James Baldwin said, “American history is longer, larger, more various, more beautiful, and more terrible than anything anyone has ever said about it.” Imani Perry embodies that prism. For the past few years, Perry has been pondering the notions of slow work and resistant joy as she writes about what it means to raise her two black sons — as a thinker and writer at the intersection of law, race, culture, and literature. This live conversation was recorded at the Chautauqua Institution.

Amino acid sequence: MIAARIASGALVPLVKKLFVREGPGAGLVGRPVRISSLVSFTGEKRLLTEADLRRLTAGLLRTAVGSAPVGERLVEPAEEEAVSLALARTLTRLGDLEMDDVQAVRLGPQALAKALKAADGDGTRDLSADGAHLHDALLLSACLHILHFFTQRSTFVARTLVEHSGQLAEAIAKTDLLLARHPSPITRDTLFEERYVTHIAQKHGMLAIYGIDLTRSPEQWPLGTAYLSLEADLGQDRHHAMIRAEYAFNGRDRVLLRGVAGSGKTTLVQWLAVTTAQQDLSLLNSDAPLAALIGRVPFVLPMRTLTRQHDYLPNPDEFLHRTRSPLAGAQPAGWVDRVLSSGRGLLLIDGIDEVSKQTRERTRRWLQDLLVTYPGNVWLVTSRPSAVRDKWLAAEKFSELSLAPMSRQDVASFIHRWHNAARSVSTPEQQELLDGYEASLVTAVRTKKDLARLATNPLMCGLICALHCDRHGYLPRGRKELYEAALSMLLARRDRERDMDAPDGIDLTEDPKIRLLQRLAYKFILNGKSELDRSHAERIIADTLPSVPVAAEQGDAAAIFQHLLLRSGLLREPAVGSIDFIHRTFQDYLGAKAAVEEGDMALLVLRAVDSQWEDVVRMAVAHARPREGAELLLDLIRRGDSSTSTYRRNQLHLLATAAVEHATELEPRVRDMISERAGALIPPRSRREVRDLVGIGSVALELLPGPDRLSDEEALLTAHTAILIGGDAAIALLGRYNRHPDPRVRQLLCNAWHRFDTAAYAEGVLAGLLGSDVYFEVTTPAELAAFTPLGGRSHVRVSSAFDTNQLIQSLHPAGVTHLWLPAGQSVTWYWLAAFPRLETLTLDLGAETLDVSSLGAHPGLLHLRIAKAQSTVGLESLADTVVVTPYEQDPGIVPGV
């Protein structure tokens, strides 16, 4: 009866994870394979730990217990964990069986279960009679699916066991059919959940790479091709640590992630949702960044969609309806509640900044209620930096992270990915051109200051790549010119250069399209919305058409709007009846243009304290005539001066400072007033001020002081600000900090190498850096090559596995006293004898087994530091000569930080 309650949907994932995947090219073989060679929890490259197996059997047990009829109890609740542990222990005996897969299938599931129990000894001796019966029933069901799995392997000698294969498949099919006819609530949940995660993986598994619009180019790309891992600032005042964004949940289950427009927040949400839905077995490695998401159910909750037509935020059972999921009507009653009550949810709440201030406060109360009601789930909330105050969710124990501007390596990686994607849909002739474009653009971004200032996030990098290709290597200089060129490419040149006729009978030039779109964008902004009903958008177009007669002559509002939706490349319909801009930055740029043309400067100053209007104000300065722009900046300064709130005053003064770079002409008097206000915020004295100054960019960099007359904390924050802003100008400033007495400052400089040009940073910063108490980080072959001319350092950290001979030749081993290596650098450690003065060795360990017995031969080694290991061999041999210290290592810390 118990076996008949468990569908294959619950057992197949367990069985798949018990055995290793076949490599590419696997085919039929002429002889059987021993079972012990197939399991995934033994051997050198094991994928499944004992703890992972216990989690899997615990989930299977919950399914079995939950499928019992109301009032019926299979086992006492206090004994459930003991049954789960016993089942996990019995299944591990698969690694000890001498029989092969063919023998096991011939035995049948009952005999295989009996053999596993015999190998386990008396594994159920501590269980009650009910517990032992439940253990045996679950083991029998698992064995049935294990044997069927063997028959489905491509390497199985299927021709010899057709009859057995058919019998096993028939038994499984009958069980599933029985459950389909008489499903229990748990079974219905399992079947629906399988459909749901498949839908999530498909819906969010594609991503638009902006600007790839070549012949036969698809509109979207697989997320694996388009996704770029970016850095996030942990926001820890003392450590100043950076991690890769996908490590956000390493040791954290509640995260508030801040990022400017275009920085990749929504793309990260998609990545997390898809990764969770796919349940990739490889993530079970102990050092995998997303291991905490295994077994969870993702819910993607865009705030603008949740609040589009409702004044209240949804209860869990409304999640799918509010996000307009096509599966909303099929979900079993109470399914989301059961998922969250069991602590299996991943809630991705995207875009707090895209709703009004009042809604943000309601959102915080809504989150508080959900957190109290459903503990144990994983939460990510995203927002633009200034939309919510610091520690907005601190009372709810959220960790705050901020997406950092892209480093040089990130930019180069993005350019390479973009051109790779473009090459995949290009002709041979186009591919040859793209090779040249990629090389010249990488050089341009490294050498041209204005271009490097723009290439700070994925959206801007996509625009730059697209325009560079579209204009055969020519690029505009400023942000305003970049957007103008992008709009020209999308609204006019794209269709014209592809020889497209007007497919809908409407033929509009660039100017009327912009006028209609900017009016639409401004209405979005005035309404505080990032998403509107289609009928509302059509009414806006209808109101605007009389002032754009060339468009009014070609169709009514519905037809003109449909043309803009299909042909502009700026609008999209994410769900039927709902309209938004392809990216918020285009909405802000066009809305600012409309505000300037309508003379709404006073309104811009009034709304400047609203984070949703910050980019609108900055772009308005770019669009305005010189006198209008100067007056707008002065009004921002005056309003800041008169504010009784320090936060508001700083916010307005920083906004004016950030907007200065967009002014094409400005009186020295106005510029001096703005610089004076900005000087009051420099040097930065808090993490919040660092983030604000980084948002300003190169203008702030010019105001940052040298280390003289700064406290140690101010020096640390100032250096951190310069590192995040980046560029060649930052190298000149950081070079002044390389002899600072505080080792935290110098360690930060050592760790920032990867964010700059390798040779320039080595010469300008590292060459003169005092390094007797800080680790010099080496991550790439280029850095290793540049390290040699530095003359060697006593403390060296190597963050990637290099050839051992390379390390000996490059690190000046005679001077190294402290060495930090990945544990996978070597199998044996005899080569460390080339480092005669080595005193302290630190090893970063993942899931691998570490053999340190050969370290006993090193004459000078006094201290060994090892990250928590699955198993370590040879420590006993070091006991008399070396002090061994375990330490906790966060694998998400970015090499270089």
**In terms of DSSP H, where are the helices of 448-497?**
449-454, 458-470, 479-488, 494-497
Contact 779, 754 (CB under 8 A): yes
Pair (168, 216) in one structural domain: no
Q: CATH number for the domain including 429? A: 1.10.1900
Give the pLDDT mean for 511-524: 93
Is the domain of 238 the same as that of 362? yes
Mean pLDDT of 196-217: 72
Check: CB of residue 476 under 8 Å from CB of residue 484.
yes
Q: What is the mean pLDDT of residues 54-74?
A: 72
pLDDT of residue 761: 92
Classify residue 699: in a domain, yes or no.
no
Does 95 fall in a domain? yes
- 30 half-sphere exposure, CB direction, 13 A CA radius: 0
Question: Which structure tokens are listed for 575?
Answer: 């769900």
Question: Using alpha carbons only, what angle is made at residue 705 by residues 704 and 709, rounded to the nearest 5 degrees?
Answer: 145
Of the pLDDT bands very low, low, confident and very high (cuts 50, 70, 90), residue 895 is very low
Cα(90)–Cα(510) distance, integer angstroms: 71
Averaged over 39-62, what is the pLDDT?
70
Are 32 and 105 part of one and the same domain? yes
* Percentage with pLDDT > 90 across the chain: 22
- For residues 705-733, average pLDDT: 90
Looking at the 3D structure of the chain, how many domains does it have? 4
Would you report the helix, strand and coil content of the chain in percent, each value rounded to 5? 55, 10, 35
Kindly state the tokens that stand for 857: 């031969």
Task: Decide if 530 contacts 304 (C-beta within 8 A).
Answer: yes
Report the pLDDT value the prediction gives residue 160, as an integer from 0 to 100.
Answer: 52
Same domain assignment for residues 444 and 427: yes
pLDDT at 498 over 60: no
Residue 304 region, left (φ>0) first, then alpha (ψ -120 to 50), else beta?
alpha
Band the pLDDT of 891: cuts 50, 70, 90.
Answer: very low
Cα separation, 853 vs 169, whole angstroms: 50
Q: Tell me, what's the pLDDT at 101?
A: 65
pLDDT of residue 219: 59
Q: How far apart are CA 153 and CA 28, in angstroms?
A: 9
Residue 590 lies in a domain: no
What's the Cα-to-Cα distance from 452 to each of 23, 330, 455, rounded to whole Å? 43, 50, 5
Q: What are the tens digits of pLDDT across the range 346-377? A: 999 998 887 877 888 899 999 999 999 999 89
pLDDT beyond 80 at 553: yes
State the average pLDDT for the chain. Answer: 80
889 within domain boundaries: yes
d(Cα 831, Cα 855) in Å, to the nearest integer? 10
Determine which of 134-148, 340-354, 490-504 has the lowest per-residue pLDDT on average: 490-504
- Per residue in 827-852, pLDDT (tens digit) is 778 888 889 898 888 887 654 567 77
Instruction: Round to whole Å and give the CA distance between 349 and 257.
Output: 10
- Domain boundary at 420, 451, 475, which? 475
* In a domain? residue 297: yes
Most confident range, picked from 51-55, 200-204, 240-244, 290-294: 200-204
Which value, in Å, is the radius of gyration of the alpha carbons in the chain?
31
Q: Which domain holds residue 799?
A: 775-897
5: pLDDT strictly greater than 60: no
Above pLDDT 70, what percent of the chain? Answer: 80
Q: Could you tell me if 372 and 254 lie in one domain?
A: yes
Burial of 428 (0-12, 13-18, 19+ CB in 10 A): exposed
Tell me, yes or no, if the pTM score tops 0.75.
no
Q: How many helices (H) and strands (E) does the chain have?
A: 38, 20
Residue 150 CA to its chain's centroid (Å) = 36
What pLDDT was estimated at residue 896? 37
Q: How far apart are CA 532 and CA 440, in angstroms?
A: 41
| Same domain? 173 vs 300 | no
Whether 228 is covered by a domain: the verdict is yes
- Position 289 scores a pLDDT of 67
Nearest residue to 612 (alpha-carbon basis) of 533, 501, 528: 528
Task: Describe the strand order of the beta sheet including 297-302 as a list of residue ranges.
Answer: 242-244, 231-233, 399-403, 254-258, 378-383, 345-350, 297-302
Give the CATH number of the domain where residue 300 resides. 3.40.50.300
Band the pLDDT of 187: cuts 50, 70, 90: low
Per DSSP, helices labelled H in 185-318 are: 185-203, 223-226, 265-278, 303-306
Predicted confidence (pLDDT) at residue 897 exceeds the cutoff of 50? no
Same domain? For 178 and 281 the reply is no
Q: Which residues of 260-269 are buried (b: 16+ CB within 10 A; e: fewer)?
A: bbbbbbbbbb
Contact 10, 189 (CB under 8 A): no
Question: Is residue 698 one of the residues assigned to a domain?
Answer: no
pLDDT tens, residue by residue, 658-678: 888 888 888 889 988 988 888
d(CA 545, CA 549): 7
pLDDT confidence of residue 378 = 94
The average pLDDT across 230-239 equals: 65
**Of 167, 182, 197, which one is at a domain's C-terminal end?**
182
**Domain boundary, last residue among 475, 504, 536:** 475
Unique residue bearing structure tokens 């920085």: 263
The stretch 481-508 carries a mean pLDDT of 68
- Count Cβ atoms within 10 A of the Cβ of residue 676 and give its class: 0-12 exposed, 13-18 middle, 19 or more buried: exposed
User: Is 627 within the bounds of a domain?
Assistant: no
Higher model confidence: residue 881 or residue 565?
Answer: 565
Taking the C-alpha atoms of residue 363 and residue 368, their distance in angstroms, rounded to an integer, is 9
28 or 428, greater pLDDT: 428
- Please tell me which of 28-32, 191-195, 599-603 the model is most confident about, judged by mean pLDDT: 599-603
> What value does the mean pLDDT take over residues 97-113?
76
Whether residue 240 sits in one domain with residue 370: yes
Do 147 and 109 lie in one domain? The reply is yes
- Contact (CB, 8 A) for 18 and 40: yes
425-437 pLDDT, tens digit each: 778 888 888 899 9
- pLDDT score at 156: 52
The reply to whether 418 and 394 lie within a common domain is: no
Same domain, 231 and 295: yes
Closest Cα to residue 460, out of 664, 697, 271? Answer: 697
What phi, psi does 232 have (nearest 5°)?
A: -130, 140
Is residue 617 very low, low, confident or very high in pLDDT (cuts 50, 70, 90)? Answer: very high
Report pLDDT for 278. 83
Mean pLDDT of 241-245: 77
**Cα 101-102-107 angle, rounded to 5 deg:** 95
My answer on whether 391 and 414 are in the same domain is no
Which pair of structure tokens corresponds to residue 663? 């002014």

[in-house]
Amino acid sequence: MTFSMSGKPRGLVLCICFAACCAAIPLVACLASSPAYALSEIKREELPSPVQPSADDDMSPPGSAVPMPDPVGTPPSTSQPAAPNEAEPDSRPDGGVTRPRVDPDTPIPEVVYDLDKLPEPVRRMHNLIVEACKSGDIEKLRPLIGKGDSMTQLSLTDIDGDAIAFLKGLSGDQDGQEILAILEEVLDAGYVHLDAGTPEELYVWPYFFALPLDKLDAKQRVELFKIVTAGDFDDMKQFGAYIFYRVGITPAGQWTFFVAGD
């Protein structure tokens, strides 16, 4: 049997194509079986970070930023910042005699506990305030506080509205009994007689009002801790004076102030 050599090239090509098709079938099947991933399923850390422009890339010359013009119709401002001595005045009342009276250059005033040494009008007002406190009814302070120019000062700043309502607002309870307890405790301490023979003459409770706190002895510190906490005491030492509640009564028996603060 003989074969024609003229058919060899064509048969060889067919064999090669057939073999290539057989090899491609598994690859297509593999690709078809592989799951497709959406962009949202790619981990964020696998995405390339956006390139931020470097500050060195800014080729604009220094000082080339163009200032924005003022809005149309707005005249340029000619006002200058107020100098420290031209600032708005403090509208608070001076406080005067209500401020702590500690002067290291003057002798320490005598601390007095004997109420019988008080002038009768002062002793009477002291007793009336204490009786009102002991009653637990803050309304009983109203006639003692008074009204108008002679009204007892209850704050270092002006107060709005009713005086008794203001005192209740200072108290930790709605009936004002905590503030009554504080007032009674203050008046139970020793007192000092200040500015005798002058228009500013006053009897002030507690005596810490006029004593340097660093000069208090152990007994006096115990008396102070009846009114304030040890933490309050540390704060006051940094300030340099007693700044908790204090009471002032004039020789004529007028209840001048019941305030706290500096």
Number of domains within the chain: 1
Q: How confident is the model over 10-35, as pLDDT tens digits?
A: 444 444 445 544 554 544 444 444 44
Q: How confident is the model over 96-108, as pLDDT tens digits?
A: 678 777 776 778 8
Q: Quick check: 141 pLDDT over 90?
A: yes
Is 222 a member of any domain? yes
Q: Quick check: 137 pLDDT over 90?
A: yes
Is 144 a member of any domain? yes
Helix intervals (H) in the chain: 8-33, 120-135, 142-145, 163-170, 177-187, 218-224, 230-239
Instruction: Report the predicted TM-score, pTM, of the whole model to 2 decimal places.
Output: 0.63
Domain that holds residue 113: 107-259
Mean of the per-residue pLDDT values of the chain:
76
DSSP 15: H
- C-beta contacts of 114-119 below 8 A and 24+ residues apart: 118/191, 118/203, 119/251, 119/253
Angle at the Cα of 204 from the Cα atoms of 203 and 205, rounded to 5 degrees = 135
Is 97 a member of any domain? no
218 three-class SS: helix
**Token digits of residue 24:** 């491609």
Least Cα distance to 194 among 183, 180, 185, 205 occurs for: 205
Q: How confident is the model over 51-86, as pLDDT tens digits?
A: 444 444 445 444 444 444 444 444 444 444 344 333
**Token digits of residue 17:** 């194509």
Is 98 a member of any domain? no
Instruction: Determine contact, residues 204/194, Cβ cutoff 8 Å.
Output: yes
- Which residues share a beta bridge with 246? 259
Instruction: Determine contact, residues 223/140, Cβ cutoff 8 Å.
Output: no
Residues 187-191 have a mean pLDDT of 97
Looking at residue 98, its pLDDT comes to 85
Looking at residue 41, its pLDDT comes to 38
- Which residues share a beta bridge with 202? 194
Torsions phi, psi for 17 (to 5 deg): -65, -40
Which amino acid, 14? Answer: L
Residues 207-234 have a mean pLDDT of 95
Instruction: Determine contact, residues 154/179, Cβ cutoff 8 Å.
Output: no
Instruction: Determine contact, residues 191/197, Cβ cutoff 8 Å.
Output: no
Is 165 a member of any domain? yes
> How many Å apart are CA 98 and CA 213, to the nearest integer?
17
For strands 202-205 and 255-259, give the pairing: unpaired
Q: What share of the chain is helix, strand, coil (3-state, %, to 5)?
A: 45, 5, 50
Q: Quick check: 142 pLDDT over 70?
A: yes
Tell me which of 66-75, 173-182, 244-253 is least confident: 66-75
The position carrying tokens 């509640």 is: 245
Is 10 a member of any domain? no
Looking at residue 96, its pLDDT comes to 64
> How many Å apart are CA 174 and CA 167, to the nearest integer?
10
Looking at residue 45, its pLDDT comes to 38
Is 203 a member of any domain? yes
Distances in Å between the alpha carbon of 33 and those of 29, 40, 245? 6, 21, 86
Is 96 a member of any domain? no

Imani Perry is the Hughes-Rogers Professor of African American Studies at Princeton University. Her books include More Beautiful and More Terrible, Prophets of the Hood, Looking for Lorraine, and, most recently, Breathe.
This interview is edited and produced with music and other features in the On Being episode "Imani Perry – More Beautiful."
Find more at onbeing.org
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